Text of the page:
19 Feb 19
Press Telegram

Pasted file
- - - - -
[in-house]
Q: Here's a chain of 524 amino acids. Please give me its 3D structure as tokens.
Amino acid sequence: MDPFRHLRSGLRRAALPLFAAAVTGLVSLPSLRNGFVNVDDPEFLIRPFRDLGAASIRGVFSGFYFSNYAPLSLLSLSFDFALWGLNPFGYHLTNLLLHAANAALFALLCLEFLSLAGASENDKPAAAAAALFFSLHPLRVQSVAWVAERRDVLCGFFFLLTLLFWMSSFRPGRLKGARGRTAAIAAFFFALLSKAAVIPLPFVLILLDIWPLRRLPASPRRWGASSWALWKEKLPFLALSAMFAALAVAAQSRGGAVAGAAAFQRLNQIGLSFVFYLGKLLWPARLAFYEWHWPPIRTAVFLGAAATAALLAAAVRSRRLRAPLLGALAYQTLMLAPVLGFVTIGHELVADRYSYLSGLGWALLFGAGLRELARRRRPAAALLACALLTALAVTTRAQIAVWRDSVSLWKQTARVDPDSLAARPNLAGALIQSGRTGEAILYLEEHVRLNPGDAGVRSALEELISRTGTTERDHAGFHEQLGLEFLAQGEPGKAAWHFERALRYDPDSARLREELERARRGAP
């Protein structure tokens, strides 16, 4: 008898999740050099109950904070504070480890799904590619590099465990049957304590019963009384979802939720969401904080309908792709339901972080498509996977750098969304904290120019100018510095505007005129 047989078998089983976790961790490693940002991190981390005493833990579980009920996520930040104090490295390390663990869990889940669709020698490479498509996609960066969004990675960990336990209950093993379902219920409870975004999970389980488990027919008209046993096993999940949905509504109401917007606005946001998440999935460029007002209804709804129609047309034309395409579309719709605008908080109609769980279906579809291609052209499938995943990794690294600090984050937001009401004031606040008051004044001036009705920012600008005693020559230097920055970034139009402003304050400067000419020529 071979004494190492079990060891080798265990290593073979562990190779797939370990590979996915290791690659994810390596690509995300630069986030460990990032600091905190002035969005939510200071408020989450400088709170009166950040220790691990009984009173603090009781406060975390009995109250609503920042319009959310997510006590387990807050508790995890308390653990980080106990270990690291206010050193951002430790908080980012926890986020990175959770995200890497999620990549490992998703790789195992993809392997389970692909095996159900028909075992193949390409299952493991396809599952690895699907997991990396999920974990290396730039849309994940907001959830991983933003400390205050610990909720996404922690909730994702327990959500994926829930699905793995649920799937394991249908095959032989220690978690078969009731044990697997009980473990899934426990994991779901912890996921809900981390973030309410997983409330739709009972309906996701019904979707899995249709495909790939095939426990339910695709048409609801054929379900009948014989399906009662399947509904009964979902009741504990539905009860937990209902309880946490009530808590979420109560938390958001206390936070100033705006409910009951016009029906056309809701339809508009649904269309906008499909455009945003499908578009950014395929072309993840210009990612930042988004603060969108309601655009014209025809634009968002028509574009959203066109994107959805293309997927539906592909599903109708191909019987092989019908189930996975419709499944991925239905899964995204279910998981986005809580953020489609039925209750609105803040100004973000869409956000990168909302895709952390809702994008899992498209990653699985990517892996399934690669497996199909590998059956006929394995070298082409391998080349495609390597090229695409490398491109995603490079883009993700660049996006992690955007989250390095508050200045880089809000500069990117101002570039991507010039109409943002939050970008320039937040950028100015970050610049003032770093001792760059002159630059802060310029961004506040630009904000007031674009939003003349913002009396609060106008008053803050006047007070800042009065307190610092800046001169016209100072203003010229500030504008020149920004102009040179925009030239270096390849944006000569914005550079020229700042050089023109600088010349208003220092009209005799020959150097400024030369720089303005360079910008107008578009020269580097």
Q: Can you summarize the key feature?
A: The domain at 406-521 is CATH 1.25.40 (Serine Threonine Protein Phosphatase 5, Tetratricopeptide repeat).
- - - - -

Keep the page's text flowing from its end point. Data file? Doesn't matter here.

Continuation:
If “Black Panther” wins the Academy Award for best picture this weekend, I wish the producers behind the Marvel super hero movie would celebrate their Oscar by shouting “I’m going to Disneyland!” Because there’s no film location out there right now that I’d rather see re-created as a theme park land than Wakanda. Sure, Disneyland is getting a new Star Wars land this summer. Then a Stark Industries-themed super hero land is coming to Disney California Adventure the year after that. No one would blame Disney for taking a breather after opening two major new projects in back-to-back years. But that does not stop me from wishing that Disney could find a way to make it three in row. Not since Hogwarts in the Harry Potter movies has a film location seemed more like a surefire hit as a theme park land to me as Wakanda did when I first saw “Black Panther” a year ago. The fictional African kingdom ticks all the boxes. A great themed land seems real enough to feel accessible but appears fantastic enough to make you crave visiting it. Yes, evil lurks there. A hero’s journey demands a conflict to overcome, after all. But no one wants to spend their day off or vacation visiting a dystopia. We want to come to a beautiful place where the wonder of magic awaits us. I don’t know that a Stark Industries warehouse evokes the same feeling. The Wizarding World of Harry Potter, like the books and films that inspired it, resonated with so many fans because they inspired us to see the magic within ourselves. Wakanda does the same. It offers the promise that, somewhere within the world of our imagination, lies a physical place where we can discover the power to overcome all that stands in the way of a good and just and peaceful future. Yeah, sure, there’s going to be a heck of a fight in between. But the land will give us the power to win it. The Hogwarts School of Witchcraft and Wizardry will teach us how to do magic. And Wakanda’s vibranium will protect and empower us. [related_articles location=”left” show_article_date=”false” article_type=”automatic-primary-section”] Harry Potter never would have worked without Muggle-born wizards. That allowed readers to see themselves as having the power to cast spells and do magic one day. “Black Panther” inspires because — save a little magic cast upon T’Challa — the people of Wakanda also are human beings with no more inherent power than the rest of us. And “Black Panther” especially inspires so many because its people are African — representing a population that has not yet seen its fair share of moments as intellectual heroes on screen. For black moviegoers, Wakanda is their Hogwarts. But Wakanda can be everyone’s next Hogwarts, too. More than a billion dollars in worldwide gross demonstrates that “Black Panther” is no more a niche ethnic franchise than Harry Potter was. Fans of all backgrounds would flock to a well-designed and fully-imagined Wakanda land at the Disneyland Resort, spending heaven only knows how much money to buy “vibranium” souvenirs. Who knows when, or if, Disney might build that. But if Disney ever does bring Wakanda to Anaheim, you will find me in line there, waiting my turn to visit. [cq comment=”The following content will display as an info box.”] More from Robert Niles Will Disneyland charge more to ride Star Wars: Galaxy’s Edge attractions? How will Disneyland manage crowds for Star Wars: Galaxy’s Edge? Disneyland offers a clue into a secret society of theme park characters Disneyland turns to Mickey Mouse to attract visitors before Star Wars: Galaxy’s Edge opens Blame the fans for Disneyland’s latest price increase [cq comment=”This is the end of the info box.”]